Bouncing Balls

Porter W. Johnson Illinois Institute of Technology
Physics Department
Chicago IL 60616-3793


The student will make careful observations of a ball bouncing off a hard surface
one time or sequentially for several trials, to study how the ball travels as it
bounces across the room. From these observations, he/she will then be able to
describe and explain the motion of the ball.

Materials Needed:

1. A box containing several small super balls, medium-sized super balls,
hollow rubber balls, solid rubber balls, tennis balls, golf balls,
baseballs, and whatever other types of balls are available.

2. Several meter sticks for measuring the height of the bouncing ball.

3. Several smooth hard flat horizontal surfaces suitable for bouncing
balls---floors, lab tables, sidewalks, and the like.


The initial phase of the activity involves making careful, qualitative
observations of a single bounce. Next, the students in teams should take a ball
and measure quantitatively how high it bounces when dropped from a given height.
Then the various types of balls are categorized as to how well they bounce.
Finally, one should consider the same ball bouncing several times and study the
progressive decrease in the heights to which it goes.

A. Procedures for qualitative study:

Bounce a ball a number of times off the table or desk in front of the class,
catching it on first bounce, and ask students to describe carefully what they
see. Make a list of the qualitative observations---a list of typical
observations is given below:

1. The ball is released from rest and picks up speed until it hits the
surface and bounces off.

2. After bouncing off the surface the ball comes back up to a height which
is less than the height at which it started, before stopping to climb.

3. The higher the distance from which the ball is dropped, the higher it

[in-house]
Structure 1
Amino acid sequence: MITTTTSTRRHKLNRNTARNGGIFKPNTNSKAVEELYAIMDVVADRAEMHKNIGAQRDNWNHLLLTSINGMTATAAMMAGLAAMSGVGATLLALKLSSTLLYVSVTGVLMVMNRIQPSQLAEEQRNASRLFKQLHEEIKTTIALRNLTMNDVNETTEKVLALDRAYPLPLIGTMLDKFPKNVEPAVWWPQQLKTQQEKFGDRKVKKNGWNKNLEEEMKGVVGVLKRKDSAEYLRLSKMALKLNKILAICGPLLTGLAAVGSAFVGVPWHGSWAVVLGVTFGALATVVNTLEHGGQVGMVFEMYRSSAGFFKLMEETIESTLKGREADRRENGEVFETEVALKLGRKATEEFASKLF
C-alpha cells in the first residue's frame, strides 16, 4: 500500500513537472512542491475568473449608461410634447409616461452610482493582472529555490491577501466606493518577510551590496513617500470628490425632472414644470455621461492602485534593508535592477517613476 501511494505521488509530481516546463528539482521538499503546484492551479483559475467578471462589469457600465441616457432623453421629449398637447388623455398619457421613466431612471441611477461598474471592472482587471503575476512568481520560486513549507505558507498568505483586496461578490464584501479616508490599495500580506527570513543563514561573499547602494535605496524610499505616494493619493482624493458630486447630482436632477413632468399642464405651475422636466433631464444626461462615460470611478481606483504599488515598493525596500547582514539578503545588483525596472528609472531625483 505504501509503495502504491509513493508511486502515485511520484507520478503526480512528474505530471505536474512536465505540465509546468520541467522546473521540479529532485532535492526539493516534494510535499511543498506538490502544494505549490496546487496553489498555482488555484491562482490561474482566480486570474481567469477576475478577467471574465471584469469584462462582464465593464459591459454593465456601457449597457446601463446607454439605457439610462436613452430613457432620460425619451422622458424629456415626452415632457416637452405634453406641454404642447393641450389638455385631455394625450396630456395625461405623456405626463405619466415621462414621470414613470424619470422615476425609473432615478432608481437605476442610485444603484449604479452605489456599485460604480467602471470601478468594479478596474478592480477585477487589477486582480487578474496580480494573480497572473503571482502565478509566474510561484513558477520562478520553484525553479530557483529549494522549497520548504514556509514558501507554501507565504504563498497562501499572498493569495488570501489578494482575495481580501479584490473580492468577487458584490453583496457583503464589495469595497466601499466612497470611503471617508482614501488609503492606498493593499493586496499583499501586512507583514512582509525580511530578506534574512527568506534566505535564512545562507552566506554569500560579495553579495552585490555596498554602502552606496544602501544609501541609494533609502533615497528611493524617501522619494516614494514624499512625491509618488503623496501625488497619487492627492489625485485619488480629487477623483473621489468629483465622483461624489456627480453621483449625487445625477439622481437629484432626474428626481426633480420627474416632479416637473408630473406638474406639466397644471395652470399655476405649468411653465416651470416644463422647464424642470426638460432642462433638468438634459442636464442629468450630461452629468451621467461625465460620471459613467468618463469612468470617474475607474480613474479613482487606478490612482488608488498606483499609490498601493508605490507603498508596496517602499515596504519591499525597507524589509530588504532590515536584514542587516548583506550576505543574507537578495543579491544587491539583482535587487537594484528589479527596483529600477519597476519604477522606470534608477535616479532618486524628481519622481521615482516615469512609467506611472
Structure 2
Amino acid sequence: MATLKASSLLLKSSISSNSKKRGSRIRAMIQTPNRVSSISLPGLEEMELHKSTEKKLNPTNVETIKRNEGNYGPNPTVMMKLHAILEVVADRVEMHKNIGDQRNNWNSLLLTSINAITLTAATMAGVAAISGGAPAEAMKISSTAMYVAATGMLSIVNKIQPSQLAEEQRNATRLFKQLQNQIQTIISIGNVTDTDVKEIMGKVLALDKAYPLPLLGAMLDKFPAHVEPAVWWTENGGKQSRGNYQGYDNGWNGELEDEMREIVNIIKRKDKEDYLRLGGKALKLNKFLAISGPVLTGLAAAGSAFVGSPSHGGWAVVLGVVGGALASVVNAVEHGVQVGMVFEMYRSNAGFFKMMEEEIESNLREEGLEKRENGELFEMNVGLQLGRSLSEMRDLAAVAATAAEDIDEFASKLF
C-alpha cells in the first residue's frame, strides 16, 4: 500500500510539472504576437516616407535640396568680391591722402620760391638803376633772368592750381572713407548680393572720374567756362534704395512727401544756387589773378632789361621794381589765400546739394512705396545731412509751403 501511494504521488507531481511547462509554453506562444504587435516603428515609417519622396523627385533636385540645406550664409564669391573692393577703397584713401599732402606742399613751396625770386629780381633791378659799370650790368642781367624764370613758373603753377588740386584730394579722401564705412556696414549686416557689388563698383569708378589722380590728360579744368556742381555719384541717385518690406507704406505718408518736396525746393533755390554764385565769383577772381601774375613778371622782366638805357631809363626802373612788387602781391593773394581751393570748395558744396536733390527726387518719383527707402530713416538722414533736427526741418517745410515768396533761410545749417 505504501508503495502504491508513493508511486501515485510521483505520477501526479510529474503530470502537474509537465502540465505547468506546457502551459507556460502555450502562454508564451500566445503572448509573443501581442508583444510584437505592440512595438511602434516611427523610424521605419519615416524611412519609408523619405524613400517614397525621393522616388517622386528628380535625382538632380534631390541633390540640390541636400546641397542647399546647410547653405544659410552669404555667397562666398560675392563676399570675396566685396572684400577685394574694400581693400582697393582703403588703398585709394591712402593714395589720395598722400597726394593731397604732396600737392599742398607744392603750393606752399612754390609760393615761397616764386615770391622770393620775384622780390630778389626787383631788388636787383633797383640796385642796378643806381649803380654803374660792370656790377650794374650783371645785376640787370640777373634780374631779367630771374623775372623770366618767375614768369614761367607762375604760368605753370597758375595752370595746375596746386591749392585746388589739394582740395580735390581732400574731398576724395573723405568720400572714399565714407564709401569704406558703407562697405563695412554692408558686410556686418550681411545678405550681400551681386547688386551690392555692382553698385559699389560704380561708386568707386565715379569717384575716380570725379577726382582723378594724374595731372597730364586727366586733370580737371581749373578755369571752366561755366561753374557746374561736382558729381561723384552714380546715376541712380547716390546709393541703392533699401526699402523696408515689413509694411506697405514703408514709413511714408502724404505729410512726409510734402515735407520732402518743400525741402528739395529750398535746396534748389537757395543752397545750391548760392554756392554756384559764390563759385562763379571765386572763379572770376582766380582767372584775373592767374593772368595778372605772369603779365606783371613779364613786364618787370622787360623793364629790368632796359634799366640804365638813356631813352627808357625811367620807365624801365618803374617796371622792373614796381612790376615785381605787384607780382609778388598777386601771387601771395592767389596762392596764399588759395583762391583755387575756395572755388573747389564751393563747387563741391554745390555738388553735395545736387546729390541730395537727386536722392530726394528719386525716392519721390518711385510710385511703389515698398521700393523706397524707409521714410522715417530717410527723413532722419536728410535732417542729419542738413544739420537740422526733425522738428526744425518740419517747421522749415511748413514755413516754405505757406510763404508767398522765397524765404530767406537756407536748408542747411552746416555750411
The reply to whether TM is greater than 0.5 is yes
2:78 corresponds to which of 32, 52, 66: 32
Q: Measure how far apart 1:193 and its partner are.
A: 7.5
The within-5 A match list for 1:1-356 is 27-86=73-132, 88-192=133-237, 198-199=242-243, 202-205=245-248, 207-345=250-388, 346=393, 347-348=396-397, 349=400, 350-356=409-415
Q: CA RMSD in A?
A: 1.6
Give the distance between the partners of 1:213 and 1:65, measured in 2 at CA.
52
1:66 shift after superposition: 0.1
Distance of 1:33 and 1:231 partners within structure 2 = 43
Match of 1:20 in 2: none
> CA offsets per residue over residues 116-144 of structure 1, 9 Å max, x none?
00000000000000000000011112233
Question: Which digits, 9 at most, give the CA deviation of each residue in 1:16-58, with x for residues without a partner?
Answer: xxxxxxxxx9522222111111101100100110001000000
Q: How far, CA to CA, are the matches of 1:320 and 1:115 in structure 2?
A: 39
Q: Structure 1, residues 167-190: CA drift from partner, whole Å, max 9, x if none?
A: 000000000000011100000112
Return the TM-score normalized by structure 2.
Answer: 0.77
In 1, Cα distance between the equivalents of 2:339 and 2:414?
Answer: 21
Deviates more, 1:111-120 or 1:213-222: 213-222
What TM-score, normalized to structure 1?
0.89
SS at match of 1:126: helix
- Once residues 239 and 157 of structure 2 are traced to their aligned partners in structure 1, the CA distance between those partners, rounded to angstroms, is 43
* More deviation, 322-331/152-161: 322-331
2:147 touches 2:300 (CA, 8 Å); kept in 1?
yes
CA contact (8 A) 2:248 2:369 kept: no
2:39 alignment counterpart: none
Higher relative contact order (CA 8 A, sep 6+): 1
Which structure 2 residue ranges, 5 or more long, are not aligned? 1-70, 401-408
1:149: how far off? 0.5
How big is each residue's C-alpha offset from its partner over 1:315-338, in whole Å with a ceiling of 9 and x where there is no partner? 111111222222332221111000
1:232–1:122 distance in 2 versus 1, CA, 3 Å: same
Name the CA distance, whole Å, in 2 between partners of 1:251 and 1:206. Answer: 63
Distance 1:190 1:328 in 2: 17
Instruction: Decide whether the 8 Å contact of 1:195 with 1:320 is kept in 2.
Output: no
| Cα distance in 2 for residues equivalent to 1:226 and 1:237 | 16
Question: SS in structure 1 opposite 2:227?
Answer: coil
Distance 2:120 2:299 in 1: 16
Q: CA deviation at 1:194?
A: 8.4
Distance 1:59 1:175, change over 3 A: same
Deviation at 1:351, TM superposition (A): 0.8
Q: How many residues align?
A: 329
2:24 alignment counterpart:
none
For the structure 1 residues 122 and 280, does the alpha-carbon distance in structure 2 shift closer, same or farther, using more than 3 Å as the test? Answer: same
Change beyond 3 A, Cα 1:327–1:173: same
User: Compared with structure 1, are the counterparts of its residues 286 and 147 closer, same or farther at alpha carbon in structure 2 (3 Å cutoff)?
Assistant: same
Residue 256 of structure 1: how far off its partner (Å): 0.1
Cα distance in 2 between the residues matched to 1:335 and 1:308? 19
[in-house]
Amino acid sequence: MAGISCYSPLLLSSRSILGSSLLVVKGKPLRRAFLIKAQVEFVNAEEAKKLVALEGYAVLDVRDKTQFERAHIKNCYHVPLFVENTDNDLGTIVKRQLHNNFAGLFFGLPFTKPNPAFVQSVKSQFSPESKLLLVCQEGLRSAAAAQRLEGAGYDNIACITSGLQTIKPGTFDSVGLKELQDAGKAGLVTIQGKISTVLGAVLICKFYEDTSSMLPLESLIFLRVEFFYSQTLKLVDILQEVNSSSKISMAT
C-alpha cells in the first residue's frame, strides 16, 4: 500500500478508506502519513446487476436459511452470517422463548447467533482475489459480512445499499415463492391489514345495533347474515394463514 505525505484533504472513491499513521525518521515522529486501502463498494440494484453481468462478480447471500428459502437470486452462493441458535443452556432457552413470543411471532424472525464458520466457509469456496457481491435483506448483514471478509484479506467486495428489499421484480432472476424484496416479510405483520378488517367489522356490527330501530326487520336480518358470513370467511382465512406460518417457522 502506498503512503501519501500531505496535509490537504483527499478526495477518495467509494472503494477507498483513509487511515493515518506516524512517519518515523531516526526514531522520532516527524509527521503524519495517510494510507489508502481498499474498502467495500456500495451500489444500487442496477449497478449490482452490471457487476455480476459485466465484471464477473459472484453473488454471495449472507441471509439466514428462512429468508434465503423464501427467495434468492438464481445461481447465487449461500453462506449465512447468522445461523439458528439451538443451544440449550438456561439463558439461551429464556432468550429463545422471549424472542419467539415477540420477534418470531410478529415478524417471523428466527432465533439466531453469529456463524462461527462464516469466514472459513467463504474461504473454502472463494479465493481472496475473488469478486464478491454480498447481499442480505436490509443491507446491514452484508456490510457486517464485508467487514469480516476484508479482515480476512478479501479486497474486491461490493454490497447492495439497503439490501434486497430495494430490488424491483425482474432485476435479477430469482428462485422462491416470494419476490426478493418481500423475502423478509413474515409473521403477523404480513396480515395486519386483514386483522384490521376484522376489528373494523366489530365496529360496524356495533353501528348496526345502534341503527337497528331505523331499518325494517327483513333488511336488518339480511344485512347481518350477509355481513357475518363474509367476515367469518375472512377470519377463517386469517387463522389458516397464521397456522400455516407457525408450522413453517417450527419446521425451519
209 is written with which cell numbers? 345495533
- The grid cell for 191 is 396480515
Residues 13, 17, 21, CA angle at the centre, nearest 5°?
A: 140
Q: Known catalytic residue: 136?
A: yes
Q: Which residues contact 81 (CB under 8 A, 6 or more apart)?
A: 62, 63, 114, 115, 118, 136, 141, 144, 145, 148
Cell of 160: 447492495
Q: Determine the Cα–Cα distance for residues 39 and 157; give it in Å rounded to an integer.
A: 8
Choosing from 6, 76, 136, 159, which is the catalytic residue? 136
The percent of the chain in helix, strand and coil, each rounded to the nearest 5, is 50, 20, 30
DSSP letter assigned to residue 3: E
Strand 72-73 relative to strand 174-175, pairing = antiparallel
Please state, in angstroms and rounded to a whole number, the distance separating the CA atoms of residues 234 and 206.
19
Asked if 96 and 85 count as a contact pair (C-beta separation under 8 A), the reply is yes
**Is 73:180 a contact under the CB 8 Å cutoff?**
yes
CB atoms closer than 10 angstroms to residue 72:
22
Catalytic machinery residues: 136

will bounce.

4. The ball makes very brief contact with the table, seeming to leave it
almost instantaneously.

5. The ball makes a sound when it hits the table, which changes with the
height from which it is dropped.

6. The ball may bounce differently when it hits different points on the

B. Procedures for quantitative study:

1. Each student should be given a ball to drop from a height h of one
meter and measure the distance d to which it bounces upward. The
results should be arranged according to the types of balls and the
group should discuss which balls bounce well, and why.

2. Each student should release the ball from several heights [h = 50 cm,
75 cm, 100 cm, 125 cm, 150 cm, etc] and measure the distance d to which
it bounces. The ratio d/h, which we call the elasticity coefficient,
should be roughly the same for each height.

3. If there is time, a given ball should be allowed to bounce several times
after being released from an initial height h. The sequence of bounce
heights, d1, d2, d3, ..., should be measured. Each time the bounce
height reduces by roughly the same factor, the coefficient of
d1/h = d2/d1 = d3/d2 = ...

The ball begins at rest from height h with potential energy mgh, where m is its
mass and g is the acceleration due to gravity. On first bounce it comes up to a
height d, corresponding to potential energy mgd. The coefficient of
restitution, d/h, is the fraction of mechanical energy remaining after first

Energy is dissipated in the form of heat and acoustical energy. Physicists
believe in the principle of conservation of energy as a consequence of the
symmetry of the basic interaction under translations in the time coordinate.

Performance Assessment:

Bounce a ball across the room to an assistant so that it strikes the floor
several times. Have each student draw the trajectory of the ball in the
notebook, describing its motion as completely as possible.


A ball bounced off a hard surface loses a specific fraction of its mechanical
energy with each bounce.


The bouncing of a ball on a hard surface is essential for an understanding of
baseball, which is played with gusto in Asia, Latin America, the Caribbean
Region, and North America. English Cricket [played throughout the British
Commonwealth Nations] requires similar knowledge of the physics of bouncing

The deep connection between symmetries and conservation laws was first
understood by the Mathematical Physicist Amelia Emmy Noether [1882 - 1935].


Robert K. Adair, The Physics of Baseball, 2nd edition [Harper 1994].
ISBN 0-060095047-1.

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